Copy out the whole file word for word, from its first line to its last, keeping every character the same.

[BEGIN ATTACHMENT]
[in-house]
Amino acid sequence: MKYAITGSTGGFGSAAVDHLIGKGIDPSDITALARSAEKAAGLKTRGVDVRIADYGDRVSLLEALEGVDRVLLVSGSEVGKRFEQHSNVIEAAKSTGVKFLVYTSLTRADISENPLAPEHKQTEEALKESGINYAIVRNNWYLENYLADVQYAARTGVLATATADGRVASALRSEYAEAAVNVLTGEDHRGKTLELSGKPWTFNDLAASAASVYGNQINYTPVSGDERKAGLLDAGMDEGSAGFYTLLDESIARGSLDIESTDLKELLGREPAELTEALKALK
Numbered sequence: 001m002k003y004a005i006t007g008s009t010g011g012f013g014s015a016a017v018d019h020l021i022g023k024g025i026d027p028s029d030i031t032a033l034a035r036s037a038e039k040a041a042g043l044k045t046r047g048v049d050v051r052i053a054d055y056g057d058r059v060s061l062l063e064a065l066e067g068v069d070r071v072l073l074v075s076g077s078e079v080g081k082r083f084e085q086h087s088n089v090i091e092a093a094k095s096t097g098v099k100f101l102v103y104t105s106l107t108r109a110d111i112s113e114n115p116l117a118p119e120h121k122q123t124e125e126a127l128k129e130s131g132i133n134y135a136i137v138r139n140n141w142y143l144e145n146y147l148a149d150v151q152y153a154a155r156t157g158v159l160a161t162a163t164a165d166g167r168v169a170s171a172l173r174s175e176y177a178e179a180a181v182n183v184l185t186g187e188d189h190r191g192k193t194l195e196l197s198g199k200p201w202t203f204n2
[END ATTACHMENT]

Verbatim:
[in-house]
Amino acid sequence: MKYAITGSTGGFGSAAVDHLIGKGIDPSDITALARSAEKAAGLKTRGVDVRIADYGDRVSLLEALEGVDRVLLVSGSEVGKRFEQHSNVIEAAKSTGVKFLVYTSLTRADISENPLAPEHKQTEEALKESGINYAIVRNNWYLENYLADVQYAARTGVLATATADGRVASALRSEYAEAAVNVLTGEDHRGKTLELSGKPWTFNDLAASAASVYGNQINYTPVSGDERKAGLLDAGMDEGSAGFYTLLDESIARGSLDIESTDLKELLGREPAELTEALKALK
Numbered sequence: 001m002k003y004a005i006t007g008s009t010g011g012f013g014s015a016a017v018d019h020l021i022g023k024g025i026d027p028s029d030i031t032a033l034a035r036s037a038e039k040a041a042g043l044k045t046r047g048v049d050v051r052i053a054d055y056g057d058r059v060s061l062l063e064a065l066e067g068v069d070r071v072l073l074v075s076g077s078e079v080g081k082r083f084e085q086h087s088n089v090i091e092a093a094k095s096t097g098v099k100f101l102v103y104t105s106l107t108r109a110d111i112s113e114n115p116l117a118p119e120h121k122q123t124e125e126a127l128k129e130s131g132i133n134y135a136i137v138r139n140n141w142y143l144e145n146y147l148a149d150v151q152y153a154a155r156t157g158v159l160a161t162a163t164a165d166g167r168v169a170s171a172l173r174s175e176y177a178e179a180a181v182n183v184l185t186g187e188d189h190r191g192k193t194l195e196l197s198g199k200p201w202t203f204n2